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Research trip to the mouth of the Amazon River: on the trail of the ocean's material cycle
It is by far the most abundant river in the world. One fifth of the Earth's entire freshwater supply flows from its mouth into the Atlantic pushing the ocean's salt water several hundred kilometers out to sea. In April, Andrea Koschinsky, Professor of Geochemistry at Jacobs University, will travel to the estuary of the Amazon - as head of a recently approved, interdisciplinary research project on board the research ship, Meteor.
The Amazon River is almost 7,000 km long and is not only tremendously abundant but it also transports large quantities of trace metals such as iron and copper and dissolved organic materials. It is these materials that interest the team comprising Andrea Koschinsky, Prof. Thorsten Dittmar from the University of Oldenburg and Prof. Martin Frank from GEOMAR - Helmholtz Centre for Ocean Research Kiel as well as the four Brazilian partner organizations.
"We want to gain a better understanding of the material cycle in the ocean," says Andrea Koschinsky about the M 147 research trip's aims. "We will only be able to reliably predict the human impact on this cycle if we succeed in this". Trace elements such as carbon, nitrogen and phosphorus play an important role in the ocean as they are essential elements for the formation of biomass. However, all life needs iron - even the smallest marine organism requires it.
The Amazon River carries many elements into the sea, including iron. Part of the elements flocculate when the freshwater meets the salt water and mixes, they drop down and settle on the bottom of the river mouth as sediment. However, another part remains in the water and forms part of the material cycle in the ocean. On their research trip, the scientists want to find out exactly how these processes work, their interdependencies, interactions and quantities. Their focus is on the flow of iron as well as other important trace elements and organic molecules.
The scientists will take the first water samples from the river where the freshwater is the purest. The ship will then follow the course of the river via the brackish salt water and freshwater water system until its keel reaches the pure seawater. Sediment samples will taken from the seabed, from the river at a depth of up to 100 m and from the sea at a depth of up to 2,000 m. The findings will also be used to record and understand disruptions to natural geochemical and biological process in the marine environment caused by people. Humans are intervening in the fragile ecosystem of the Amazon and changing it significantly in particular by building dams, deforestation and intensive agriculture.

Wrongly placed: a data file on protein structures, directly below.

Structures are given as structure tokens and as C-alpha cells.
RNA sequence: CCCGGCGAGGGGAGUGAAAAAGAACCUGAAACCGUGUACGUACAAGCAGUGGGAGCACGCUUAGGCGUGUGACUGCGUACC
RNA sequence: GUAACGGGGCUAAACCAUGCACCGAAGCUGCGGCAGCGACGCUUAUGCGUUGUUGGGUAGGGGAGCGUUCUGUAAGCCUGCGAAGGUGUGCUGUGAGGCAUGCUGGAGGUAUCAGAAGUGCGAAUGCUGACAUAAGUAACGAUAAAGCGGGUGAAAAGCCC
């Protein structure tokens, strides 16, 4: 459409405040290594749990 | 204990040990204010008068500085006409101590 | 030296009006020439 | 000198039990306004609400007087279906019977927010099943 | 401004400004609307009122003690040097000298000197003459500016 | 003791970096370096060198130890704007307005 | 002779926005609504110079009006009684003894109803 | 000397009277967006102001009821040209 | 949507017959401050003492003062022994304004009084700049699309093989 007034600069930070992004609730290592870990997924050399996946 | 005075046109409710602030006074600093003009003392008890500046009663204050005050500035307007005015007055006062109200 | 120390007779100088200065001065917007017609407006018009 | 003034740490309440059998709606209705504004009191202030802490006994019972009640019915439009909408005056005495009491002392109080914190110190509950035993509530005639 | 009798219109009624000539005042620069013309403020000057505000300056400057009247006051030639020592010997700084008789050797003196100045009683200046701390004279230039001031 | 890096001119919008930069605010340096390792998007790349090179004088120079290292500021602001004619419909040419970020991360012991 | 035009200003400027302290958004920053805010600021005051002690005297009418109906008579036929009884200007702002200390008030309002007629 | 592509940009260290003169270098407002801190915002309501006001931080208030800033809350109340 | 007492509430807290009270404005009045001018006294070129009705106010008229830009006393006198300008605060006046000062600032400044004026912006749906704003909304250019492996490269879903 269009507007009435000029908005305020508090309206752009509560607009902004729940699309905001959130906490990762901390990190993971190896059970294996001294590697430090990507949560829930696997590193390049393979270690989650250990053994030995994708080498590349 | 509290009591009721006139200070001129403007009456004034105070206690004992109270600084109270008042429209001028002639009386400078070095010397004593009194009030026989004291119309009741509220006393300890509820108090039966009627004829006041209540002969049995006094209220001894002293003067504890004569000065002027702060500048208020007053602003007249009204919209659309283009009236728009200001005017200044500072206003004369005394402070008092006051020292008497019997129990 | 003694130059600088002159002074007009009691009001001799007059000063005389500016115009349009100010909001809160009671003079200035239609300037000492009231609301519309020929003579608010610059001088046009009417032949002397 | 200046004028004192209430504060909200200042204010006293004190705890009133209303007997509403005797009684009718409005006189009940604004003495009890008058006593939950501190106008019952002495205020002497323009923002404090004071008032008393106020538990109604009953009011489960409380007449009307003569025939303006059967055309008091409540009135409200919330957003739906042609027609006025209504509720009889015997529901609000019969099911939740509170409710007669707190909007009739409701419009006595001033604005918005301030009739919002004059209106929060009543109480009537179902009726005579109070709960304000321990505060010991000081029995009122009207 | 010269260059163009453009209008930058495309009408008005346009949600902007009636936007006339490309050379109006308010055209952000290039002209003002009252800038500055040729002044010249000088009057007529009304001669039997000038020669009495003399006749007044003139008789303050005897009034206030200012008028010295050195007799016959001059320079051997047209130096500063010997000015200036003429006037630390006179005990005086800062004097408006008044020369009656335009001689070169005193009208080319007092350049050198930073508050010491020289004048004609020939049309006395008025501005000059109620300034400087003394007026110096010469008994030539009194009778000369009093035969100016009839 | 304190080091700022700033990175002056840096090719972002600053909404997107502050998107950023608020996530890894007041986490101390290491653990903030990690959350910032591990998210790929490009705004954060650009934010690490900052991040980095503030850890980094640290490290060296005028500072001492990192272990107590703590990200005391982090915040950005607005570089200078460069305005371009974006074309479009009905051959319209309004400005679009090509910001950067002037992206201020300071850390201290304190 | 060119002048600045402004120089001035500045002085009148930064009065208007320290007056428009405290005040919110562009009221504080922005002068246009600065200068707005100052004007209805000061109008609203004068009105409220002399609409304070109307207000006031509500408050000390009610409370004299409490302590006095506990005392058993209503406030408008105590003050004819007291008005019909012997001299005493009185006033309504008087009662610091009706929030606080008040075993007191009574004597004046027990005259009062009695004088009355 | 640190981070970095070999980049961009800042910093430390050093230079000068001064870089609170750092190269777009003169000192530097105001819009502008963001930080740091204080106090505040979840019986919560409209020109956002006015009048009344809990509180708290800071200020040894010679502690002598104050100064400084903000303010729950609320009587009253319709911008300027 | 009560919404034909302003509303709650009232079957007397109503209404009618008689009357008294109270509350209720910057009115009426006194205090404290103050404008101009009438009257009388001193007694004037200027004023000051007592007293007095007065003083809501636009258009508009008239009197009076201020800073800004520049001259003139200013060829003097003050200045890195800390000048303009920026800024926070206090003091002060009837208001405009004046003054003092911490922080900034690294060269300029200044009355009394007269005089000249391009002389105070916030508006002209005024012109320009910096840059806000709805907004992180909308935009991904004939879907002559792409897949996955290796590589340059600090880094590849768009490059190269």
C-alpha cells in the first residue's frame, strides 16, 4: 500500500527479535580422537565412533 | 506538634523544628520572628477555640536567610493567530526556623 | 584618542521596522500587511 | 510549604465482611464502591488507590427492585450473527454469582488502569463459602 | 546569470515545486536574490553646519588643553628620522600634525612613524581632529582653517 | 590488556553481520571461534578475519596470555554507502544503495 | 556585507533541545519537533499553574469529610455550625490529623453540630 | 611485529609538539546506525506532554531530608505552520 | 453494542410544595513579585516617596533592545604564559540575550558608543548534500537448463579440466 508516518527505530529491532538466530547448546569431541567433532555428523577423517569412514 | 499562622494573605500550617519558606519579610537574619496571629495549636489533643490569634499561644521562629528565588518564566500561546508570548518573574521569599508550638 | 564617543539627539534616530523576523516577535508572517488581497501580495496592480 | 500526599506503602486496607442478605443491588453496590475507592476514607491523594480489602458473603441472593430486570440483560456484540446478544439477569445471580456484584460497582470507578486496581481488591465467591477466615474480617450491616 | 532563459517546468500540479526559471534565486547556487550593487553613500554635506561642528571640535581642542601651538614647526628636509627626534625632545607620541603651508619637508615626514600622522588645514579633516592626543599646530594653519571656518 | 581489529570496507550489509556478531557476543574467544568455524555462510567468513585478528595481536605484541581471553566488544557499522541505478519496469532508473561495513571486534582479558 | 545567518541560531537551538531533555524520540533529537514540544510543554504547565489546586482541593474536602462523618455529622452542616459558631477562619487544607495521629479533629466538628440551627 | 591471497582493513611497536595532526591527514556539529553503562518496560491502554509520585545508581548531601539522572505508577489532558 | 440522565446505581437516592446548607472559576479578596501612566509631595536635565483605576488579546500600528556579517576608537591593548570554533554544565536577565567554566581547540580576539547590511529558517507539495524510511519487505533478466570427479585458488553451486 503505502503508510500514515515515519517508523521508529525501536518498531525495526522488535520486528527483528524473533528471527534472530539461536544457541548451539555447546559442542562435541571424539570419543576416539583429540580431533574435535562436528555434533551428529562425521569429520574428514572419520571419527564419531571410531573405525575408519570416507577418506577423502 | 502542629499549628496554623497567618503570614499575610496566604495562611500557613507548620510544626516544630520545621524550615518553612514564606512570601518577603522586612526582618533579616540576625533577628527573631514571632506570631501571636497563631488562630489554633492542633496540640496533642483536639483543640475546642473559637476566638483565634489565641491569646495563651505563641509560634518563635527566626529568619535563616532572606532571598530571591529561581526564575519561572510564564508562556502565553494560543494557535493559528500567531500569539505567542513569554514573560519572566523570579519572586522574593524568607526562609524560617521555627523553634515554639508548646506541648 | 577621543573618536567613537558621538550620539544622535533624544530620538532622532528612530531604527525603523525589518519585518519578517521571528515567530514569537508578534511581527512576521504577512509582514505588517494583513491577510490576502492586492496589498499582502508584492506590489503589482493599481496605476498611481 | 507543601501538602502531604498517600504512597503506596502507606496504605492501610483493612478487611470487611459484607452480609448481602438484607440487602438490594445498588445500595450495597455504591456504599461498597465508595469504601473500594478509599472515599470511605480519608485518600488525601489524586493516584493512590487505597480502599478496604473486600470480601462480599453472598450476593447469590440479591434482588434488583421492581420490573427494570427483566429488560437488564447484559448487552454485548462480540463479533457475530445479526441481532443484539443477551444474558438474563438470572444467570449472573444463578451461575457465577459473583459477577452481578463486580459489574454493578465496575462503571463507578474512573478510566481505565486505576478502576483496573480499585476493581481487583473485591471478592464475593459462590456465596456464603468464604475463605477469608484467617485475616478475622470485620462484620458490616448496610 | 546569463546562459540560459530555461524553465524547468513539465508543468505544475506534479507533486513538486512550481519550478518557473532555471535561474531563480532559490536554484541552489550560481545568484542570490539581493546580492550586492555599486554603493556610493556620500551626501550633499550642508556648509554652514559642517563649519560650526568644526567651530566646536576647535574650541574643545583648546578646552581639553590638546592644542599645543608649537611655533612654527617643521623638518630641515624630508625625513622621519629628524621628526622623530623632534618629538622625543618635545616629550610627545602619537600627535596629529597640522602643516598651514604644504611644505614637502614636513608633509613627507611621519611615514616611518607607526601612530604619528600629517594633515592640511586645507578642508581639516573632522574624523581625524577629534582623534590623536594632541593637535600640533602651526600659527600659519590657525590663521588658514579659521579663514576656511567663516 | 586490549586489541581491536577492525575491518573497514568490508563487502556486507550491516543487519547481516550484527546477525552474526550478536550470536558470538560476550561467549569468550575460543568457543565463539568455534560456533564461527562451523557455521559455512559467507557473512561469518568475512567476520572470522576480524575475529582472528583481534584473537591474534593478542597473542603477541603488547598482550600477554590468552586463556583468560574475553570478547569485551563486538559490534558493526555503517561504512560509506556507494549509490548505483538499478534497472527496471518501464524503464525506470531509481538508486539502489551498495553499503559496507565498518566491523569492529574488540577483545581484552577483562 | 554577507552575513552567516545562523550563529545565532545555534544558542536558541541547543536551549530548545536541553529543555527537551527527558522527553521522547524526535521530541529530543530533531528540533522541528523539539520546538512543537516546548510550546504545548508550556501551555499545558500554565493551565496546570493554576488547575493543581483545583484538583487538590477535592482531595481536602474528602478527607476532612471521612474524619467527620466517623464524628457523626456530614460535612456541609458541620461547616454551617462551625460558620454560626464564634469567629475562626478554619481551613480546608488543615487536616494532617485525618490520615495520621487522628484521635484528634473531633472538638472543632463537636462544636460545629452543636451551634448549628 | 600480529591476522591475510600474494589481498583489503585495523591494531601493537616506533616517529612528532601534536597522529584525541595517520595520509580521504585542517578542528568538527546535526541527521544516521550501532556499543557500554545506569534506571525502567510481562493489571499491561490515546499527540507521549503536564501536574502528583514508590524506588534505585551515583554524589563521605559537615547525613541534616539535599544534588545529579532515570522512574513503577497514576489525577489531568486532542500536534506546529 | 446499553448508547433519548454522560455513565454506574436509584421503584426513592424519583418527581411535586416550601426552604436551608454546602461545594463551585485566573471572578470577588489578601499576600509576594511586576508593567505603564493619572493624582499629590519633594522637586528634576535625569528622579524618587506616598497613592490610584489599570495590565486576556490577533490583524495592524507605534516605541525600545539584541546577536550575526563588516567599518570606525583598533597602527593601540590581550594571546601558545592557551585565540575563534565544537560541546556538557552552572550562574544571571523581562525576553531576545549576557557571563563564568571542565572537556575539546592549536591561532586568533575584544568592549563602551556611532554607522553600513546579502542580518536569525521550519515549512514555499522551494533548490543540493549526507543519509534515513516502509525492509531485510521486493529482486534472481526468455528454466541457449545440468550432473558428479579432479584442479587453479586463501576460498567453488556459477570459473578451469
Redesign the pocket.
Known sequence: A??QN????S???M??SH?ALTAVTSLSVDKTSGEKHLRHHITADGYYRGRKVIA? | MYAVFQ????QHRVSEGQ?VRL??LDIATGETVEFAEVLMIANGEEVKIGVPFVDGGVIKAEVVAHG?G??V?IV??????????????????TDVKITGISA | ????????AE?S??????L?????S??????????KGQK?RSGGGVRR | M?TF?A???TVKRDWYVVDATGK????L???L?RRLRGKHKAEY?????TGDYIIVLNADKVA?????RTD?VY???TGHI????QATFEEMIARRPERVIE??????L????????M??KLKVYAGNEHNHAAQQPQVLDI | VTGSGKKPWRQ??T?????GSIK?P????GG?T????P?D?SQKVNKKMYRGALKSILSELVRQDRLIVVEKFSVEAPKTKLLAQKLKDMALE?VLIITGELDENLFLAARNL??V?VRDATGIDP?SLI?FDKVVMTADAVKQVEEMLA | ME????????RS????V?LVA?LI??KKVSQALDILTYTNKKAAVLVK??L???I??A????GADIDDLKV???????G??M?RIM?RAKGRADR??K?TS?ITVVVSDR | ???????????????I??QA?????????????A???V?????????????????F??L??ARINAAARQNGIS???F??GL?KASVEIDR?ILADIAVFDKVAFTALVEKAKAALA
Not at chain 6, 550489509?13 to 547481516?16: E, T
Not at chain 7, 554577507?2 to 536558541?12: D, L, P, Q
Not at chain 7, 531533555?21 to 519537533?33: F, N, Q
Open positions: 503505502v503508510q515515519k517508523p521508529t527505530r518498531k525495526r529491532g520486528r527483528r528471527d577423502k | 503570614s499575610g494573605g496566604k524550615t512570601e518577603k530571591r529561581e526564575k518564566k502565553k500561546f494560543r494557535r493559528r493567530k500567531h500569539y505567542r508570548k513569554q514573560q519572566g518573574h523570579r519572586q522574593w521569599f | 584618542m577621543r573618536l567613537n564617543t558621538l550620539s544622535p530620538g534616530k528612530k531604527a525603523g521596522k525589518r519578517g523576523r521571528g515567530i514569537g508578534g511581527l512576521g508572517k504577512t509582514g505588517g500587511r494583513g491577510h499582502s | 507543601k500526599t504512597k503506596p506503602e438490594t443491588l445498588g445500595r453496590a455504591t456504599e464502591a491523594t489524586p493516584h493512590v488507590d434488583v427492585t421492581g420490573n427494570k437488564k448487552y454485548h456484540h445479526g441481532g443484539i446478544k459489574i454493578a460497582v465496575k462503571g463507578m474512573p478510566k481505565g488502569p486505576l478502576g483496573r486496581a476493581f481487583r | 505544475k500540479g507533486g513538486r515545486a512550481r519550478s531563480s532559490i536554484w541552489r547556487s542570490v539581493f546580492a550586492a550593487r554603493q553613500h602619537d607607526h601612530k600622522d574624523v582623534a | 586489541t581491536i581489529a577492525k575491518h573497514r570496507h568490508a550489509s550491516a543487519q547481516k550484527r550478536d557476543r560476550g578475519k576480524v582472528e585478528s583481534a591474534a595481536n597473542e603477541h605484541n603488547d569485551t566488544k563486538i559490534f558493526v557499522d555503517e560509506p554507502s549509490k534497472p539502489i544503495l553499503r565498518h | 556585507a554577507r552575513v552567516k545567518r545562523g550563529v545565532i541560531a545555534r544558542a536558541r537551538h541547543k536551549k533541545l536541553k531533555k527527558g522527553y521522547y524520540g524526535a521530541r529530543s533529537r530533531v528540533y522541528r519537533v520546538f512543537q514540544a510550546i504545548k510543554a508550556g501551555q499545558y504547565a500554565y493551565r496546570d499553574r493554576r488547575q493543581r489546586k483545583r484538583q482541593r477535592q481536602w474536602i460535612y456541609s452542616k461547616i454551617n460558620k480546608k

The joint project financed by the German Research Foundation (DFG) is part of the international GEOTRACES program. Its aim is to record the distribution of trace elements and isotopes in the ocean and to understand the processes that control this distribution. The data collected will, among other things, contribute to a better understanding of the effects of climate change on the oceans.
Questions will be answered by:
Prof. Dr. Andrea Koschinsky | Professor of Geosciences
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About Jacobs University:
Jacobs University is a private, independent, English-medium university in Bremen. Young people from all over the world study here in preparatory, Bachelor, Master, and PhD programs. Internationality and transdisciplinarity are special features of Jacobs University: research and teaching don't just pursue a single approach, they address issues from the perspectives of multiple disciplines. This principle makes Jacobs graduates highly sought-after new talents who successfully strike out on international career paths.
More information: www.jacobs-university.de
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